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The criminal justice reform project I work with in Los Angeles—a multi-faith project—has a big stake in showing the utmost respect for every faith tradition. Thus it was unsettling to see an article, republished from the Washington Post, appear in a recent newsletter that reflected unwitting disrespect for Judaism.
Written by a youthful think-tanker, the piece was no doubt developed with the best of intentions. The writer wanted to demonstrate how the Trump/Sessions “tough on crime” stance mirrors one major and recurrent pole of American religious thinking on crime and punishment. Outlining the two poles, she writes:
These two competing theories formed the yin and the yang of the American criminal justice system, and both were molded around Christian religious principles. Both Old Testament and New Testament fundamentals—the former focused on retribution and punishment and the latter on rehabilitation and redemption—were present.
So what’s the problem? Few would quarrel with the notion that American Christianity does indeed exhibit the “yin and the yang” the writer references, with retribution/punishment representing the yin and rehabilitation/redemption the yang. Nor would many dispute the assertion that religious ideation has played an absolutely central role, both historically and now, in the way Americans think about criminal justice.
The problem arises when the yin/yang are said to flow from the conflicting “Old Testament and New Testament” beliefs held by Christians, with the “Old Testament” view assumed to be focused on retribution in sharp contrast to a “New Testament” perspective centered on rehabilitation and redemption.
Oops, we just threw the Jewish tradition under the bus again. So sorry. We didn’t mean it. Really.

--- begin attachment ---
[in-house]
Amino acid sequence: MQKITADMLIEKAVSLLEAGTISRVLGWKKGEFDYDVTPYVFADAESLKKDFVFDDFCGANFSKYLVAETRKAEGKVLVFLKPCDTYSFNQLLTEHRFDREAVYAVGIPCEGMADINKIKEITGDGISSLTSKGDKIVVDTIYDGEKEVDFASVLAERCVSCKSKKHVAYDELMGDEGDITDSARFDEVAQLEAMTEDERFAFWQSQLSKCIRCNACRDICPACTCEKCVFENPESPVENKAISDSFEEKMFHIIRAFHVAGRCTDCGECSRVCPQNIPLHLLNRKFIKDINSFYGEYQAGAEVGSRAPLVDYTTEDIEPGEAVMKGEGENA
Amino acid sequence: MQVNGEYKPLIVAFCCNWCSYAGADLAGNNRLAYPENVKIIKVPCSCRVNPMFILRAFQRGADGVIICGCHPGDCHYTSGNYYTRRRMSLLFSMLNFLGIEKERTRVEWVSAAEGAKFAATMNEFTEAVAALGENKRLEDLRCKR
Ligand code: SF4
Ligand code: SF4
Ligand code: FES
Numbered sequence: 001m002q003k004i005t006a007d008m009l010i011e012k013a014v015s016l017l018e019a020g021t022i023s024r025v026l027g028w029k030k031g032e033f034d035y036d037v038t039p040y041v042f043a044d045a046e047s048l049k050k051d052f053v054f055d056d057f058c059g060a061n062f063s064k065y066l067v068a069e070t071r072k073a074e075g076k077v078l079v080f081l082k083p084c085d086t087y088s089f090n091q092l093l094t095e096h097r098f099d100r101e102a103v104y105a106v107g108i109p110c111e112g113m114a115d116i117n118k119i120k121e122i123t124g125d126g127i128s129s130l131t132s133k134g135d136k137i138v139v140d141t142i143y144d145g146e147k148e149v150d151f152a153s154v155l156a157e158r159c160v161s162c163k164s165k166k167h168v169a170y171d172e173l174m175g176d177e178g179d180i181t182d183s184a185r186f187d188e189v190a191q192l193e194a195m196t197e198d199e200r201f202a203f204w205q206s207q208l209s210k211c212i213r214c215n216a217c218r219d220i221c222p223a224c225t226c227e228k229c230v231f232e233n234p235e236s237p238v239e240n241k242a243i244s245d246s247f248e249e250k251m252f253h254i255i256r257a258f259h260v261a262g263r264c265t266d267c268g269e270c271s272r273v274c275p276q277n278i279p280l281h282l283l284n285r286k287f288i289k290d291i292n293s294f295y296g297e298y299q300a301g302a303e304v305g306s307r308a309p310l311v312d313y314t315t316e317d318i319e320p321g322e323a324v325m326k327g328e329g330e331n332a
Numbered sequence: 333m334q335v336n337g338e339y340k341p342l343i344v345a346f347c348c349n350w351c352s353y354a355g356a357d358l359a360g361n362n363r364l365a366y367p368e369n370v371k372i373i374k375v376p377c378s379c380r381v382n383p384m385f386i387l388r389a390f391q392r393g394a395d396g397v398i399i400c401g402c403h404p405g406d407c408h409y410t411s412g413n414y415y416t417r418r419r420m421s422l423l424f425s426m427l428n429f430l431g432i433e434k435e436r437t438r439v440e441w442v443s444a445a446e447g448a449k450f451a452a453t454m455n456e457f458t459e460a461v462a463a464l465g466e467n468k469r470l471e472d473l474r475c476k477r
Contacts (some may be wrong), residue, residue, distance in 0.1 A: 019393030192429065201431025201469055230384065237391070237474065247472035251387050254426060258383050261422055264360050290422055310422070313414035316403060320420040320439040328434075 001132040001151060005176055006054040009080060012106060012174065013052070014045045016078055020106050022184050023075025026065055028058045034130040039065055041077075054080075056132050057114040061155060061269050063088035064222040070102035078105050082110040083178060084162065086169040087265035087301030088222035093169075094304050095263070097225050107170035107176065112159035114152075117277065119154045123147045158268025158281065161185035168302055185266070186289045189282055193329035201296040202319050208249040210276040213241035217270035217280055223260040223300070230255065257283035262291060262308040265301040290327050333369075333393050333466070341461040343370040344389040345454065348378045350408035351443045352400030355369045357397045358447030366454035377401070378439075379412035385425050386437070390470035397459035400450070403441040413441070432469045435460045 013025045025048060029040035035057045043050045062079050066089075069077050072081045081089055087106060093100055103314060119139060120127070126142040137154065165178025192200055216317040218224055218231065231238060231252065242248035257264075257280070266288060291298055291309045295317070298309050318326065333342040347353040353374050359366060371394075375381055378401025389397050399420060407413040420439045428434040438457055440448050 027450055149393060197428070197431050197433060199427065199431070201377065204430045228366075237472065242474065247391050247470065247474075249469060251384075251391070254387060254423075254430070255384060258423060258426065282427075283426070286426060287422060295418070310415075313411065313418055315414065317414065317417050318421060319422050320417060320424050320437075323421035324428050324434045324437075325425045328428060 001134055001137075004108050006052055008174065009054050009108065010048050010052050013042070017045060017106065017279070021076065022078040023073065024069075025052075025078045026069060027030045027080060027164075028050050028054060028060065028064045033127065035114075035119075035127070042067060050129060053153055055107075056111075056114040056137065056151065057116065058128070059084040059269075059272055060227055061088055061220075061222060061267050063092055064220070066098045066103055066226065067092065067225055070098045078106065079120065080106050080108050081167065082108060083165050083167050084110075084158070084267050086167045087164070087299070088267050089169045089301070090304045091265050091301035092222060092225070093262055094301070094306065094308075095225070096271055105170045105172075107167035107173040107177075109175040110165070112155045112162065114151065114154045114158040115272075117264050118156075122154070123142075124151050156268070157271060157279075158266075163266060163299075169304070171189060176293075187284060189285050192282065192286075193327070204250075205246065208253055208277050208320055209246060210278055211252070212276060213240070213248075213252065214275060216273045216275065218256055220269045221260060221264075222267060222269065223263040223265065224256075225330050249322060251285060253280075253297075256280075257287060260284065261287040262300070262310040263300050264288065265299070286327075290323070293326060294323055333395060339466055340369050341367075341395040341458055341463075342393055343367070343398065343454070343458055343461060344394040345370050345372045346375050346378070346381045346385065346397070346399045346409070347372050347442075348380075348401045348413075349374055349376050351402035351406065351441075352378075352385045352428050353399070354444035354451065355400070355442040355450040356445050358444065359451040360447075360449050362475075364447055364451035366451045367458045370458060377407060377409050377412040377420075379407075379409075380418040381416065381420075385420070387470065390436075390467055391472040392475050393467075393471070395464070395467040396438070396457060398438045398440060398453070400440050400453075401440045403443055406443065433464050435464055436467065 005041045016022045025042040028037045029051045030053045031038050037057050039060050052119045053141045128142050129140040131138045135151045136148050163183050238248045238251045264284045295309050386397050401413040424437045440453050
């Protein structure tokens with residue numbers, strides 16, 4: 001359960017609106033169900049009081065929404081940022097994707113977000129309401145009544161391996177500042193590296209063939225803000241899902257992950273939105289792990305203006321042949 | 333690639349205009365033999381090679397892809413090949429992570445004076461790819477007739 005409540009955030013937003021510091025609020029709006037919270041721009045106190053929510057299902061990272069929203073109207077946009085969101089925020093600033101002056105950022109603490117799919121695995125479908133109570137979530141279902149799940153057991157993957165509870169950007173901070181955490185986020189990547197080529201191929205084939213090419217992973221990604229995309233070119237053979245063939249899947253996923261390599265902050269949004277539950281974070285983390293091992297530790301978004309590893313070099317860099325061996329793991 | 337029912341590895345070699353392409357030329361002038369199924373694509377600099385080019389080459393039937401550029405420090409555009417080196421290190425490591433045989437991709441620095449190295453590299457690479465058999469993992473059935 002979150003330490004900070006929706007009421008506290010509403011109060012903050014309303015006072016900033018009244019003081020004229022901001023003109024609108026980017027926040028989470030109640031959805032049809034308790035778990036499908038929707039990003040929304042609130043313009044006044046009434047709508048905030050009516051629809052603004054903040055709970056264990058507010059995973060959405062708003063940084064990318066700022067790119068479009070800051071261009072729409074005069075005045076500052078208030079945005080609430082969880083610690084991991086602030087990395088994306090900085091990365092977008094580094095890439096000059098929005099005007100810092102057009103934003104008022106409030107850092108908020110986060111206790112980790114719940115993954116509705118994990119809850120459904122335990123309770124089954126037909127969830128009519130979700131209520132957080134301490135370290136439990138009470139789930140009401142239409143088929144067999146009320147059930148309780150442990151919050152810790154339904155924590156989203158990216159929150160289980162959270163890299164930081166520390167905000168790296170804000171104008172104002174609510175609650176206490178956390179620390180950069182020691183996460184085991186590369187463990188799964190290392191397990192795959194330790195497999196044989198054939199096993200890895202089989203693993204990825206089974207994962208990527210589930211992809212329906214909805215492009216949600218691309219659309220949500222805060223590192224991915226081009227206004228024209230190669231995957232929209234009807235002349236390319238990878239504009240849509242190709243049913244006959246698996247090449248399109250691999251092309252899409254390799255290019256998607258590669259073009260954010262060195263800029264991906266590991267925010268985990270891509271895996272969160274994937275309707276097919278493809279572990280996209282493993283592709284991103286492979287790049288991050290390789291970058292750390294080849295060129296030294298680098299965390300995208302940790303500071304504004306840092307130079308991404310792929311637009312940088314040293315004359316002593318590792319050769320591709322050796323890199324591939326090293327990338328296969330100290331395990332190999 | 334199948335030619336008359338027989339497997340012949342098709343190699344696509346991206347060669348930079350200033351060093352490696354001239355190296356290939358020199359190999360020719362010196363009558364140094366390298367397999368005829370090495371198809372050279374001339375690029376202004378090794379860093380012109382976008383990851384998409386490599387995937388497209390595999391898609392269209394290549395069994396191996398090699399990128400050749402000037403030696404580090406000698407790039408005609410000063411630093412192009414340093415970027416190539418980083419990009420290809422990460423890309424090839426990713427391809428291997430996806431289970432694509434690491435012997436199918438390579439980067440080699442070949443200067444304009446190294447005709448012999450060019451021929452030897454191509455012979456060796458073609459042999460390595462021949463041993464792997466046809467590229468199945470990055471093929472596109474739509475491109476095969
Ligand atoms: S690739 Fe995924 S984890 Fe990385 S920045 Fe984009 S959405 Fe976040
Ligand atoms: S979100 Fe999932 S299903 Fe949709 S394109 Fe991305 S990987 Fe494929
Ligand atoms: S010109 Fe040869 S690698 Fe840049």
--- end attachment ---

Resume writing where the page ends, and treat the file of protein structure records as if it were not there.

Disparagement of “OT” justice as a rough and revenge-fueled affair remains so endemic in popular culture that it’s not at all surprising to see it creep into high-end journalism as well.
A quick Google search turns up a few random examples:
- “…this austere allegory of failed Christian charity and Old Testament payback is von Trier’s strongest movie—a masterpiece, in fact,” from a film review in The Village Voice.
- “We’ve seen Mount Mike spew Old Testament anger that could blister paint,” from a newspaper profile of football coach Mike Holmgren.
- “I don’t need religion to appreciate the idea of Old Testament revenge,” from TV’s Hannibal.
Where does this routine division between “Old Testament” harshness and “New Testament” sweetness come from? In my view, it comes from the widespread but mistaken idea held by Christians (including cultural Christians), that it’s okay to follow St. Paul in drawing a sharp line between the old and oppressive Jewish insistence on “law” and the new Christian era of “grace.” (It goes without saying that the perception of a sharp dividing line is strongly reinforced by the very language of “Old Testament” and “New Testament”—but just try rooting those terms out of everyday discourse and replacing them with “Hebrew Scripture” and “Christian Scripture.”)